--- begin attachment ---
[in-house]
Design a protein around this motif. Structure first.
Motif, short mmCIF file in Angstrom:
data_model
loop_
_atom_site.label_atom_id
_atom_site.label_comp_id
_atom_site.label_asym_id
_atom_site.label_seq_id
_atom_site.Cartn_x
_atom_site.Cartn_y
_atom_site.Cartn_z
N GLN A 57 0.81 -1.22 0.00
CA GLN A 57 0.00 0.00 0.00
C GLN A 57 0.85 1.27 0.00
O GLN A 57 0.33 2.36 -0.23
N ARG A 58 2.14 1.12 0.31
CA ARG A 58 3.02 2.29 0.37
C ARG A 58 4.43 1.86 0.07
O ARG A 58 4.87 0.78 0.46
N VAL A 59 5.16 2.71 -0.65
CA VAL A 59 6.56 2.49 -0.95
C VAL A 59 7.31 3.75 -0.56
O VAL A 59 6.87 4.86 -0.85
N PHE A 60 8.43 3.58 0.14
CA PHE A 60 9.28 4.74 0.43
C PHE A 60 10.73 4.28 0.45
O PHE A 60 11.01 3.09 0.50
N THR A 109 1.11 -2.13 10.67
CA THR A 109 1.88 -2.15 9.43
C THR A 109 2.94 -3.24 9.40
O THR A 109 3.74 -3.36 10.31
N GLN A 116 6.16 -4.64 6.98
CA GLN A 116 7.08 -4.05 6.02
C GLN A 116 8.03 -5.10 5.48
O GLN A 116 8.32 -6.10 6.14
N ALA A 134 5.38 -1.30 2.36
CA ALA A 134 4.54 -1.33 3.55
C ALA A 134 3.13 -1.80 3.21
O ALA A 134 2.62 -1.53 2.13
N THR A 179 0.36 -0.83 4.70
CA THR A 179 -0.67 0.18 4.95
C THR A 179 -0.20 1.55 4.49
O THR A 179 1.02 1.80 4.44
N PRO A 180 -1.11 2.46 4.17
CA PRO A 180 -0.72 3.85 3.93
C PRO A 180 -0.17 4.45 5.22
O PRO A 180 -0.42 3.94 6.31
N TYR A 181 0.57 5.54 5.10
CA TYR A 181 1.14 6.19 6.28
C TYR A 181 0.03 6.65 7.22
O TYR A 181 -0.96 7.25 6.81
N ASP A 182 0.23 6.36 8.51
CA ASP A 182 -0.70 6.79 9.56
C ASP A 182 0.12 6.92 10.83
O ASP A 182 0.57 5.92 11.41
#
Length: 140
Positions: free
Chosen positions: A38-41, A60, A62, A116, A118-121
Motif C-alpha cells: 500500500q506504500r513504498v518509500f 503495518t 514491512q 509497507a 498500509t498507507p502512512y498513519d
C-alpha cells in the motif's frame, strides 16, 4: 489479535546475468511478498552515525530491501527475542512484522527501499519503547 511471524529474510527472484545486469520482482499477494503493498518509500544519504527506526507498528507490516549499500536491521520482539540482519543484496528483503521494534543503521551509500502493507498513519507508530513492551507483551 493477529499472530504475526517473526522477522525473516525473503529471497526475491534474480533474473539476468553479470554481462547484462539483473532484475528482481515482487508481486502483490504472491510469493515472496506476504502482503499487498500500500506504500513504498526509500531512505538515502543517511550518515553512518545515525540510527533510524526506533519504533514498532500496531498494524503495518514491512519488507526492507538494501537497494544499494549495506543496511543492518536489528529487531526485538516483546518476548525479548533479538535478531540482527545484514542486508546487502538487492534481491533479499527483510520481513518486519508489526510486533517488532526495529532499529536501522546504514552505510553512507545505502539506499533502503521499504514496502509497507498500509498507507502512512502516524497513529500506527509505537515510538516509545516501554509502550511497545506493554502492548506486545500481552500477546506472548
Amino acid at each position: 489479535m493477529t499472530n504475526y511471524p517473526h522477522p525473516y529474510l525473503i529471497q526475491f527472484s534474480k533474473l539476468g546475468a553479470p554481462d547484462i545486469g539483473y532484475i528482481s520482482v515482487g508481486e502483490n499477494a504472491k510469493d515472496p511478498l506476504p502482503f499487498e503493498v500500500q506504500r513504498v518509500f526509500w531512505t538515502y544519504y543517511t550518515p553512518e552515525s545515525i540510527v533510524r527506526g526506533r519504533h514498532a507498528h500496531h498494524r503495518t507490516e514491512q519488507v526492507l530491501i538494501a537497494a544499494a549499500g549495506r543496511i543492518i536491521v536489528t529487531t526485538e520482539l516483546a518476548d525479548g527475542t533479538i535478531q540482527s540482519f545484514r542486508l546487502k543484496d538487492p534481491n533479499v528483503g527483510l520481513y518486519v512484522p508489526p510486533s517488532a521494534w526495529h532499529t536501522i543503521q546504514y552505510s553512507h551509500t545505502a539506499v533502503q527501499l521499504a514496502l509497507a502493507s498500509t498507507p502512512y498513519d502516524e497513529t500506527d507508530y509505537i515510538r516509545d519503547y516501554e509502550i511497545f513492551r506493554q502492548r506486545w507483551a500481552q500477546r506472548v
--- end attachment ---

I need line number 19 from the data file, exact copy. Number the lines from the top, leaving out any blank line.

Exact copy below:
C ARG A 58 4.43 1.86 0.07